Trevor Fisher: More than ever, GCSE choices determine your life chances

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Is university entrance now the real National Lottery? Unlike the event taking place each Saturday night, university entrance is less and less a transparent process governed by clear and logical rules. It is not widely understood that decisions students take in school can close doors to universities several years down the line.

The big issue over the next couple of months centres on the new grading system that begins next summer. Bizzarely, the government has had cold feet over the use of its flagship A-star grade. While it has allowed the grade to be awarded next summer, it has suggested for some reason that it should not be used for university entrance for at least three years. However, politicians have no power to enforce this proposal, and at least three universities – Cambridge, UCL and Imperial – have said they will do so.

Worse, it is open to individual subject and admission tutors to decide whether to use the A-star. It is therefore essential to discover whether courses demand the A-star or not, course by course.

For teachers, the problem of predicting whether a student will get an A-star is only part of the difficulty. If the task is simply to predict students who will gain 90 per cent of A-level marks, it is possible to predict A-star grades. The deeper problem is whether the government's plan to inject stretch and challenge into A-level has worked.

Ministers believe that the new syllabuses have made A-Level harder. If this is so, then all grades will demand better student performance. But teachers will have to assess whether students have reached the alleged new standards on limited evidence because it is new. That's why ministers have said the A star should not be used for three years.

The situation is worsened by the problem of "hard" and "soft" subjects. The Government does not accept these exist, but it is the admissions tutors who matter and in many cases they will not accept soft subjects. Because the official line is that there are no soft subjects, the advice teachers can give parents and students is limited. Thus some students choose options unaware these can bar their progress.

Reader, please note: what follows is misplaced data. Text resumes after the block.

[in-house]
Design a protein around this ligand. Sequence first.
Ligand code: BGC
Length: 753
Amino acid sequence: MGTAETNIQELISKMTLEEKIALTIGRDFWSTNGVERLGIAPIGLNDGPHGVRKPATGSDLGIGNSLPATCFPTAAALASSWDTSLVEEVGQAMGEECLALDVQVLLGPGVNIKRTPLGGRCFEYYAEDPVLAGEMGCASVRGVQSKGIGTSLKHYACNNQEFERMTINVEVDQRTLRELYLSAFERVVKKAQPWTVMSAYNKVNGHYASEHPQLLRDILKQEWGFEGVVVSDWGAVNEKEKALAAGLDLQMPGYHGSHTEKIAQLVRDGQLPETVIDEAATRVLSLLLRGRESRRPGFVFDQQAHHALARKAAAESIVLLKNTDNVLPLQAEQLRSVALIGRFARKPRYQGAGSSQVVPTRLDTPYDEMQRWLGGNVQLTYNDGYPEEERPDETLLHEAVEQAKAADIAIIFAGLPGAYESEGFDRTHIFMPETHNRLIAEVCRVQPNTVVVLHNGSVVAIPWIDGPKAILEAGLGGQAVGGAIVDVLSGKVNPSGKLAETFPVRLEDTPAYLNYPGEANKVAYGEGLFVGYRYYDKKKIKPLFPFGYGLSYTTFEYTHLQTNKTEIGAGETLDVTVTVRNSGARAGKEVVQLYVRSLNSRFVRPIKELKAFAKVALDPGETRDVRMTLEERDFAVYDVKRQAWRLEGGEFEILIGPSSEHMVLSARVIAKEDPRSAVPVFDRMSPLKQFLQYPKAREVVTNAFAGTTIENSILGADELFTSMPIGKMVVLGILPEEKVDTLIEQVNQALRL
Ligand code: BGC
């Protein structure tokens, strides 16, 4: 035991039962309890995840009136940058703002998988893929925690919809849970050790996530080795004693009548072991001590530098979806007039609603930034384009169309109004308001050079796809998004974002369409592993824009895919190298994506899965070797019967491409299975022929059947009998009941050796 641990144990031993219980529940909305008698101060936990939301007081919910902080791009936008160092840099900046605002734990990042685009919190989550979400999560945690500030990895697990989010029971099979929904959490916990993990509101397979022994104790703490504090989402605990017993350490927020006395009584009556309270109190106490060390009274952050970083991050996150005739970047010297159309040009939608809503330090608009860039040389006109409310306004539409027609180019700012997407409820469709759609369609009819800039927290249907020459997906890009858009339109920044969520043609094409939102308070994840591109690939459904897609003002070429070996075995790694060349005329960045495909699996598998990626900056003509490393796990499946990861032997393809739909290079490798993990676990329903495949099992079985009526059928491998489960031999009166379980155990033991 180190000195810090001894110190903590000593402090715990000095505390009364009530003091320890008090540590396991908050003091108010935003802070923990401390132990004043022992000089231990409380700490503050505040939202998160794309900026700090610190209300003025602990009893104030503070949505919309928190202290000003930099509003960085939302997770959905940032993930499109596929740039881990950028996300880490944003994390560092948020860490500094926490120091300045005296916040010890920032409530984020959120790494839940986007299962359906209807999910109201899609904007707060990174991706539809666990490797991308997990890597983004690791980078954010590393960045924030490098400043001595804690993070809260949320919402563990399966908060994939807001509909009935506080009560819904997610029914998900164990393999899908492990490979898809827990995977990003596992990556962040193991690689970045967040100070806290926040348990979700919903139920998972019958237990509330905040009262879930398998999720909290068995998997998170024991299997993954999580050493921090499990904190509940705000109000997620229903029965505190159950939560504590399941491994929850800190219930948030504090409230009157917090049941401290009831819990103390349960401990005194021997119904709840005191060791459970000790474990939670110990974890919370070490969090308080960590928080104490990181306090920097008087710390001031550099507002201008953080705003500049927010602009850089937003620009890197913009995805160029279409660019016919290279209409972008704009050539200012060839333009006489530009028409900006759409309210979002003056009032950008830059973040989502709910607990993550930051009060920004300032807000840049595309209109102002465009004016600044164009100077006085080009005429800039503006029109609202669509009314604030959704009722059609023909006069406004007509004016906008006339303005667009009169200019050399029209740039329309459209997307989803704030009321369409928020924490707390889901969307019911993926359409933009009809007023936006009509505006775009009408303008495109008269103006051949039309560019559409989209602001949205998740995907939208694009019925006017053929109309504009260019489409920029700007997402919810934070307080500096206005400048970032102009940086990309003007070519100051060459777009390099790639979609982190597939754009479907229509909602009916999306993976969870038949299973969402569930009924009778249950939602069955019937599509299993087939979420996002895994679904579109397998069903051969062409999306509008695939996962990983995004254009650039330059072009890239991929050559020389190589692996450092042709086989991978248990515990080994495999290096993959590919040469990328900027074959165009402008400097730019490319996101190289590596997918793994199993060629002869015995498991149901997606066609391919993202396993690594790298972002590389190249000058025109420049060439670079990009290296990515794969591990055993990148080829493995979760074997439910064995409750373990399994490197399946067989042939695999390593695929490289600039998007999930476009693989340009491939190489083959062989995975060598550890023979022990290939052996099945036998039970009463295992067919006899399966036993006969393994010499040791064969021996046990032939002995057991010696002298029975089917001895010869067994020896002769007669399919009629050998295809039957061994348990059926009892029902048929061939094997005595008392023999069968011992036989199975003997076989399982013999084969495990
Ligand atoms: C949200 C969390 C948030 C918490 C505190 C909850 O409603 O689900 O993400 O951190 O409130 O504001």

In recent years, two universities, Cambridge and the London School of Economics, have given invaluable advice on hard and soft subjects. Sadly, Cambridge has withdrawn its overall list of soft subject on the grounds that it has been criticised for publishing it. Potential students now have to wade through individual department requirements to see whether subjects are accepted.

The LSE is to be congratulated for continuing to publish its list, which has now grown to 16 subjects. Other universities should follow suit – and extend the practice to cover GCSE subjects and combinations of subjects. This is particularly so where the new Diploma is concerned. This is problematic for top university admission. Most universities will accept the diploma only in conjunction with at least one A-level, and students must find out what the acceptable combinations are.

It is vital to understand that university application now starts with the choice of GCSE subjects. By the time of sixth-form entry, some students will have closed down university options by their GCSE choices.

In the short term, for university entry next year, the advice to applicants must be caveat emptor. The buyer, in this case the student, has to play the game and if necessary divert attention from studying to scrutinise the fine print of university prospectuses. Increasingly, this has to be done before choosing courses at GCSE, AS and A-level. Otherwise students can find one university will admit them for a course which another university will bar them from taking, with exactly the same qualifications.

The long term question facing university admission is how to resolve this patently absurd situation. And for this a full scale commission of enquiry will be needed, independent of government, universities and UCAS. As things now stand, some schools can exploit their knowledge of the fine print, quite legally, while other schools are sadly unaware of the problems facing their students. It is clear that university entrance has become a lottery, and inside knowledge has become decisive. Is this reasonable or desirable?

The writer is a former head of history at a Midlands tertiary college